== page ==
In 1937, the dinner table of Fritz Mandl — an arms dealer who sold to both sides during the Spanish Civil War and the third richest man in Austria — entertained high-ranking Nazi officials who chatted about the newest munitions technologies. Mandl’s wife, a twenty-four-year-old former movie star, whom he respected but also claimed “didn’t know A from Z,” sat quietly listening. Hedy Kiestler, whose parents were assimilated Jews, and who would be rechristened by Louis B. Meyer as Hedy Lamarr, wanted to escape to Hollywood and return to the screen. From these dinner parties, she knew about about submarines and wire-guided torpedoes, about the multiple frequencies used to guide bombs. She knew that she had present herself as the glamorous wife of an arms dealer. And she knew that in order to leave her husband, she would have to take a good amount of this information with her.

An MGM studio portrait of Hedy Lamarr, 1938
Hedy’s story is intertwined with that of American composer George Antheil, who lived during the 1920s with his wife in Paris above the newly opened Shakespeare and Company, and who could count among his friends Man Ray, Ezra Pound, Louise Bryant, and Igor Stravinsky. When Antheil attended the premiere of Stravinsky’s Les Noces, the composer invited him afterward to a player piano factory, where he wished to have his work punched out for posterity. There, Antheil conceived of a grand composition for sixteen player pianos, bells, sirens, and several airplane propellers, which he called his Ballet mecanique. When he premiered the work in the US, the avant-garde composition proved a disaster.

Composer George Antheil during the 1920s in Paris, when he was living above the newly founded Shakespeare & Co with his wife.
Antheil and his wife decamped for Hollywood, where he attempted to write for the screen. When Antheil met Hedy, now bona fide movie star, in the summer of 1940 at a dinner held by costume designer Adrian, they began talking about their interests in the war and their backgrounds in munitions (Antheil had been a young inspector in a Pennsylvania munitions plant during World War I.) Hedy had been horrified by the German torpedoing of two ships carrying British children to Canada to avoid the Blitz, and she had begun to think about a way to control a torpedo remotely, without detection.
Hedy had the idea for a radio that hopped frequencies and Antheil had the idea of achieving this with a coded ribbon, similar to a player piano strip. A year of phone calls, drawings on envelopes, and fiddling with models on Hedy’s living room floor produced a patent for a radio system that was virtually jam-proof, constantly skipping signals.

The patent filed in 1941 by Hedy and Antheil for a 'secret communication system'
Antheil responded to Hedy’s enthusiasm, although he thought her sometimes scatterbrained, and Hedy to Antheil’s mechanical focus as a composer. The two were always just friends and respected one another’s quirks. Antheil wrote to a friend about a new scheme Hedy was planning with Howard Hughes:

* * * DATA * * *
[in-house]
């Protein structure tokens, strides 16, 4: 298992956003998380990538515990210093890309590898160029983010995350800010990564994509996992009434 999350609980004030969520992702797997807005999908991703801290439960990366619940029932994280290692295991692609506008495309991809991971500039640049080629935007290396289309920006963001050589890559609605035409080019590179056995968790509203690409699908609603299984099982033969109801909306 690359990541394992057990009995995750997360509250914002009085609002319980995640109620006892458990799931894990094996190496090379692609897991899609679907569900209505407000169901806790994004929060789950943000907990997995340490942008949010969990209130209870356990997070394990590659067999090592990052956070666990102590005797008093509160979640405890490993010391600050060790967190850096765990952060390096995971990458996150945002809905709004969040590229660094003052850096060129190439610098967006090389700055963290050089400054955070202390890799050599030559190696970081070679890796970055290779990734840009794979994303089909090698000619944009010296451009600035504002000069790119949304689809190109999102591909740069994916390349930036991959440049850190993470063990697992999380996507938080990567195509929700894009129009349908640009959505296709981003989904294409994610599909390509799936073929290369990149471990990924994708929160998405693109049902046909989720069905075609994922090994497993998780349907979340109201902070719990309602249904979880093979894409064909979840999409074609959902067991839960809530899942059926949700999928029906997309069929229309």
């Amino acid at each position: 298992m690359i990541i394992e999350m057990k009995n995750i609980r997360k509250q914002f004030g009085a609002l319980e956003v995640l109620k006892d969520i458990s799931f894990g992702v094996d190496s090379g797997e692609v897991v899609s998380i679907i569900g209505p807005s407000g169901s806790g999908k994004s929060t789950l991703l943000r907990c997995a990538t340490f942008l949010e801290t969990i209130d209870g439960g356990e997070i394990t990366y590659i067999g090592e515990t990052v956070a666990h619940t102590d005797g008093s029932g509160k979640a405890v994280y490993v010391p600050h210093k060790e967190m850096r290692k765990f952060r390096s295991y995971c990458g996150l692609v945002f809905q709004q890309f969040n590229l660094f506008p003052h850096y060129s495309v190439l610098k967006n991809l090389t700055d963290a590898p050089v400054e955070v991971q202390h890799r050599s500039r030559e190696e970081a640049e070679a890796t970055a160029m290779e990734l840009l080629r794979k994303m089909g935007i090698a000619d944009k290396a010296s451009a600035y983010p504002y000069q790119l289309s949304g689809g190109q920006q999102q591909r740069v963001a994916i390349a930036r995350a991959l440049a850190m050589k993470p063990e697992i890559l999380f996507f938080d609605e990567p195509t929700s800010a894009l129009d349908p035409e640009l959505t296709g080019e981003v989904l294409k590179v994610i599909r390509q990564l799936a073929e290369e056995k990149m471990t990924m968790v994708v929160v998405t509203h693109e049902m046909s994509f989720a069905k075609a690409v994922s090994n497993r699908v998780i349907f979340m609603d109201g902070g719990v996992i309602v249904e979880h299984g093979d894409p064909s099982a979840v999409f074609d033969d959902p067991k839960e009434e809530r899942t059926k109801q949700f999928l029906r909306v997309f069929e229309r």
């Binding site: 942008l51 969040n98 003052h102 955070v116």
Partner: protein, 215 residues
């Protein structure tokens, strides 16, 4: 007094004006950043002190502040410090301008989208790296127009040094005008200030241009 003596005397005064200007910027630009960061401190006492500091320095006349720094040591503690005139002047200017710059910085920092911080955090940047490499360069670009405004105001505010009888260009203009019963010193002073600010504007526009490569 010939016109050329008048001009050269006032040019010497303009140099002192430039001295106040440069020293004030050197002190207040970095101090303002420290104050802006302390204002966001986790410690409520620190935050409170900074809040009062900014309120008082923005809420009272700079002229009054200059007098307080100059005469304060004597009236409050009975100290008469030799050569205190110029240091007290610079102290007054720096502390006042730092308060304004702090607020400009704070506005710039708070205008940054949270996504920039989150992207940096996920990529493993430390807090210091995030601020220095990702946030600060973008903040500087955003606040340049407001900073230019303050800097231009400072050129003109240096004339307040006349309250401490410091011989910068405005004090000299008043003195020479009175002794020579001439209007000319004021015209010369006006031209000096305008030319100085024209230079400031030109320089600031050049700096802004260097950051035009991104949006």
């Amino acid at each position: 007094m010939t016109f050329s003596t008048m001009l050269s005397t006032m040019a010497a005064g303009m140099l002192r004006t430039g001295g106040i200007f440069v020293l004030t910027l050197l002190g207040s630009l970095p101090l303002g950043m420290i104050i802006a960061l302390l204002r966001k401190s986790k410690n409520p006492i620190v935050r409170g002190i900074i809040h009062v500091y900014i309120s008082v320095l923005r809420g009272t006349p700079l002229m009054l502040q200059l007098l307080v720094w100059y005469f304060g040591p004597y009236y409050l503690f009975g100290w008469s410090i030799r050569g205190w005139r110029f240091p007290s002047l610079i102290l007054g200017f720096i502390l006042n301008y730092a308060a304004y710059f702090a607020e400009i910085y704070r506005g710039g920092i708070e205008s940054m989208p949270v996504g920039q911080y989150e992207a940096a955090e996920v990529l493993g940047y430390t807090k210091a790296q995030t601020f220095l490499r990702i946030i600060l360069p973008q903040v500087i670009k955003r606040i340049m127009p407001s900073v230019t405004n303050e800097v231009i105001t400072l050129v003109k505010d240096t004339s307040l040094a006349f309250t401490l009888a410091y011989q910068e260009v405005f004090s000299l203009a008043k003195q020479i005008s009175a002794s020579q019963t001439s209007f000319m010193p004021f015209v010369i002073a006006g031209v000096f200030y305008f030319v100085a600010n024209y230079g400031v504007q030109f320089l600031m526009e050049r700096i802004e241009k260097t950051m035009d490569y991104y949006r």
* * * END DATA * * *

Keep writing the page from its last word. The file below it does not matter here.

Hedy is a quite nice, but mad, girl who besides being very beautiful indeed spends most of her spare time inventing things—she’s just invented a new ‘soda pop’ which she’s patenting—of all things!”

In the center, Heddy Lamarr, with George Antheil to the right and his wife Boski Antheil to the left
Hedy’s Folly isn’t the story of a science prodigy or a movie star with a few hobbies, it’s a star-studded picaresque about two undeniably creative people whose interests and backgrounds unlocked the best in one another — the mark of true inventors.
Adapted from Michelle Legro’s fantastic full review.
Seven MORE

Thursday, December 29, 2011

Marc Faber says the whole derivatives market will one day cease to exist, 'will become zero'

Via a reader.
From Business Intelligence Middle East:
Marc Faber the Swiss fund manager and Gloom Boom & Doom editor recently discussed his 2012 predictions. In a nutshell, he expects politicians in the US and the EU to keep on addressing symptoms rather than dealing with the fundamental problems of the crisis.

He can smell more money printing and sees less prosperity - to the point that within 5 years many investments could lose 50% of their value.

"You can increase debt but it doesn't increase prosperity or economic growth," he says. He predicts the collapse of the derivatives market - down to zero - and favors equities and gold.

QE3 and equities
Speaking in an interview with Jeanne Yurman of Reuters on the sidelines of the IndexUniverse’s 4th Annual “Inside Commodities” conference held on December 8 at the New York Stock Exchange, Faber said: "There is no doubt that QE3 will come in one form or the other, and in Europe also".
"They will monetize," he stressed.

Because of impending additional quantitative easing, Faber, who predicted the stock market crash in 1987 and turned bearish shortly before the 2007-2009 bear market, is less bearish on equities now.
If the S&P drops 10%-15% here [the US] and in Europe, "they are going to print money," he predicted.

Addressing symptoms: The limit of Keynesian policies
Faber sees more can-kicking and more avoidance of real solutions through additional fiscal deficits and money printing in 2012.